ETF Trends
ETF Trends

Most of the recent milestones associated with the exchange traded funds industry have been positive, but a negative milestone was reached this week.

With the close of five target-date ETFs from Deutsche Asset & Wealth Management (Deutsche AWM) this week, 500 ETFs and exchange traded notes (ETNs) have closed, according to Ron Rowland of Invest With an Edge.

“To put this number in perspective, a grand total of 2,207 ETFs and ETNs have been listed on US exchanges.  The 500 closures represents a 22.7% mortality rate,” notes Rowland.

In 2014, approximately 80 ETFs closed while issuers brought nearly 205 new products to market. This year, nearly 30 U.S. ETFs have been closed. Roughly 90 new ETFs have come to market this year and the number will likely top 100 in the coming weeks. [Another Good Year for new ETFs]

Last year, 205 exchange traded products debuted in the U.S., but in a sign of the increasingly competitive fight for investors’ attention assets, by late in the year, close to half 2014’s new ETFs had less than $10 million in assets under management. Some of this year’s new ETFs have found rapid success, including the SPDR DoubleLine Total Return Tactical ETF (NYSEArca: TOTL), CSOP FTSE China A50 ETF (NYSEArca: AFTY) and the iShares Exponential Technologies ETF (NYSEArca: XT). [Fast Success for Some new ETFs]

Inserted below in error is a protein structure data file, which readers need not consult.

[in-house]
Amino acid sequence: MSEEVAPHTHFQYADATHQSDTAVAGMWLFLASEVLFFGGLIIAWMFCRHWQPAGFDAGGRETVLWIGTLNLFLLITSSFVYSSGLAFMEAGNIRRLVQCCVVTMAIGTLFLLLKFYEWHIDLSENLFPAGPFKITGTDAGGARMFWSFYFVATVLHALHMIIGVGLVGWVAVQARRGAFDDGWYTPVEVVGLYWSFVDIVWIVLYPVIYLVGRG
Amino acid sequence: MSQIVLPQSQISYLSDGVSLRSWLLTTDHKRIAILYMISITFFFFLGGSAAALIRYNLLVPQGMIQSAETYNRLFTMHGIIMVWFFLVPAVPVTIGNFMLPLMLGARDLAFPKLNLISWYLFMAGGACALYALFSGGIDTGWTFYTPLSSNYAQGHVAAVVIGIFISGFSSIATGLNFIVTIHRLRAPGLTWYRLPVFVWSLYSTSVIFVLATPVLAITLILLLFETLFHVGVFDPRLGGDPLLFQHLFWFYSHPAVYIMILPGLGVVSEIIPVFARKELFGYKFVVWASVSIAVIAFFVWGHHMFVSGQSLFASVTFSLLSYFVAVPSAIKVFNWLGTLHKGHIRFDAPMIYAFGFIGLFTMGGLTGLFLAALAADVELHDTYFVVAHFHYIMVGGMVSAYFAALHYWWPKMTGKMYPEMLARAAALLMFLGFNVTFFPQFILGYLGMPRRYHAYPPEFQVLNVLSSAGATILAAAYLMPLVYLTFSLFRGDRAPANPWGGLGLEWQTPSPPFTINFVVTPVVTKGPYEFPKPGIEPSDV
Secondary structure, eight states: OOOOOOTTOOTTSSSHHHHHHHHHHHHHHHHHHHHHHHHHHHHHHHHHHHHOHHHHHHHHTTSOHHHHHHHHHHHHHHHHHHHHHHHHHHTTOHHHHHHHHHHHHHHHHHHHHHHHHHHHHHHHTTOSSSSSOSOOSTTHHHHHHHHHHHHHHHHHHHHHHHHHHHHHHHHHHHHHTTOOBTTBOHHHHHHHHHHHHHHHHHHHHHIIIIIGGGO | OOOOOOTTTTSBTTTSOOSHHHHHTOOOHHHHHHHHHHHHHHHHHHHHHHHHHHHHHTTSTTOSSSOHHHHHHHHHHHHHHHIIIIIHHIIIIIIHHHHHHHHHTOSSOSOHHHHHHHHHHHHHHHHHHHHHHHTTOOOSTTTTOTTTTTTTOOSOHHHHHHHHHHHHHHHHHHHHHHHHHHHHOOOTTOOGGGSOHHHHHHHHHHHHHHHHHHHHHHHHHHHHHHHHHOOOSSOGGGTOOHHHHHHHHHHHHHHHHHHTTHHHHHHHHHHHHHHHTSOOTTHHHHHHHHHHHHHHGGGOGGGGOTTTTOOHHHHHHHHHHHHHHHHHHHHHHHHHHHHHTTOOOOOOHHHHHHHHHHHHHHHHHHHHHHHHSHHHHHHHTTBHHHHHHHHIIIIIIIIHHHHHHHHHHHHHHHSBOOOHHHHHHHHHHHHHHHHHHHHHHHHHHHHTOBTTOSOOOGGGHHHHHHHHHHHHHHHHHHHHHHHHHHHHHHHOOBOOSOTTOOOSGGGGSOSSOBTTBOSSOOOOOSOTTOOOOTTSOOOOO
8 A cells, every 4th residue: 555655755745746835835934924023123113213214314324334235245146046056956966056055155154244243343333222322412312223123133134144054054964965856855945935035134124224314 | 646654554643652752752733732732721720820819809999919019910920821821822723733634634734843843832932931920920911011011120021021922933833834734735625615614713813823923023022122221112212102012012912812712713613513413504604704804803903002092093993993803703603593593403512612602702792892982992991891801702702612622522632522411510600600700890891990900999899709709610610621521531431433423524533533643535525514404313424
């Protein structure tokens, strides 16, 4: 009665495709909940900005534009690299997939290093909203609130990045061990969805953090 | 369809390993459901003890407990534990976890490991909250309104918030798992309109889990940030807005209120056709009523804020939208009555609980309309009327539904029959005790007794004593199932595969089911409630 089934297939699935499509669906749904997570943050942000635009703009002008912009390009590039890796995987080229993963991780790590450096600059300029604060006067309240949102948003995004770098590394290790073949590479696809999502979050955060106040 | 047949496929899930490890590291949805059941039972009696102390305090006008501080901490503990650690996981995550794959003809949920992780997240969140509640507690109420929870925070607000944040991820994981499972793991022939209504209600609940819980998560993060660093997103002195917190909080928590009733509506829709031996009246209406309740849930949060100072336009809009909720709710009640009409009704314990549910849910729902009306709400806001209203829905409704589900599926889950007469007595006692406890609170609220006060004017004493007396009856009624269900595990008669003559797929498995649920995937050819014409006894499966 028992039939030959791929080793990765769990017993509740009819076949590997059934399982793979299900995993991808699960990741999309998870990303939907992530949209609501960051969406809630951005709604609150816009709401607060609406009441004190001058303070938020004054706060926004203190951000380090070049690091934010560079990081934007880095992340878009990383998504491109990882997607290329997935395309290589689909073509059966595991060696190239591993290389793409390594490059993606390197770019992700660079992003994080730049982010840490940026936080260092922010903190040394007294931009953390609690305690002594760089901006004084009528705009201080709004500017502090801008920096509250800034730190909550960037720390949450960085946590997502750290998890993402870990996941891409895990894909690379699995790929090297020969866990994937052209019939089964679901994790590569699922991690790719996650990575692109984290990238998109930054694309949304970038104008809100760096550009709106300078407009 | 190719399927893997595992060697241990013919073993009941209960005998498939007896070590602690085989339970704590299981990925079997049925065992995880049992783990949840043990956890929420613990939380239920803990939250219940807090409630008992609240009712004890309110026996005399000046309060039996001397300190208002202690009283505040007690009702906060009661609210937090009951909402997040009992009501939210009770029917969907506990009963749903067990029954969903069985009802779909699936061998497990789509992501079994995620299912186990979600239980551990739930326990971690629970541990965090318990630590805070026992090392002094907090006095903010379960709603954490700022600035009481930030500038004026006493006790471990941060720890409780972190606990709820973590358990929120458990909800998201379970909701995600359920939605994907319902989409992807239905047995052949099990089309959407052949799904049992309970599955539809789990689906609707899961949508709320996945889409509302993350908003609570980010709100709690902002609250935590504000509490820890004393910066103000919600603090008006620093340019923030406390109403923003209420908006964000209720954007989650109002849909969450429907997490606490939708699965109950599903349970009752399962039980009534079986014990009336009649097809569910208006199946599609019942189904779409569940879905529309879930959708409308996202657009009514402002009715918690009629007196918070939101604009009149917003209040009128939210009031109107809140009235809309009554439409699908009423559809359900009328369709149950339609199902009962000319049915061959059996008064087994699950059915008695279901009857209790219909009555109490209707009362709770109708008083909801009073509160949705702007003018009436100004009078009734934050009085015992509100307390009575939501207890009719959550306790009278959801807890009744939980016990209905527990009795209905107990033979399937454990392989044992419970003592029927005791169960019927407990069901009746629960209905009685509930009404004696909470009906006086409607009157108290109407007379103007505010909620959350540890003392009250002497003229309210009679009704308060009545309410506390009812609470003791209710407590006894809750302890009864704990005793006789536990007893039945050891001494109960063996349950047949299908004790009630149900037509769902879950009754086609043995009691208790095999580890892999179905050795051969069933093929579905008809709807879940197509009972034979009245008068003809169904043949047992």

As Rowland notes, ETF closures are signs of a healthy industry. Other industries shutter non-performing assets and businesses. For example, Starbucks (NasdaqGS: SBUX) announced 600 closures in 2008, but that did not mean coffee was out of style. Said another way, ETF closures do not mean the industry is faltering. Actually, the opposite is true.

According to ETFGI, a London-based ETF research firm, the global exchange traded products industry will surpass hedge funds in terms of assets under management this quarter.

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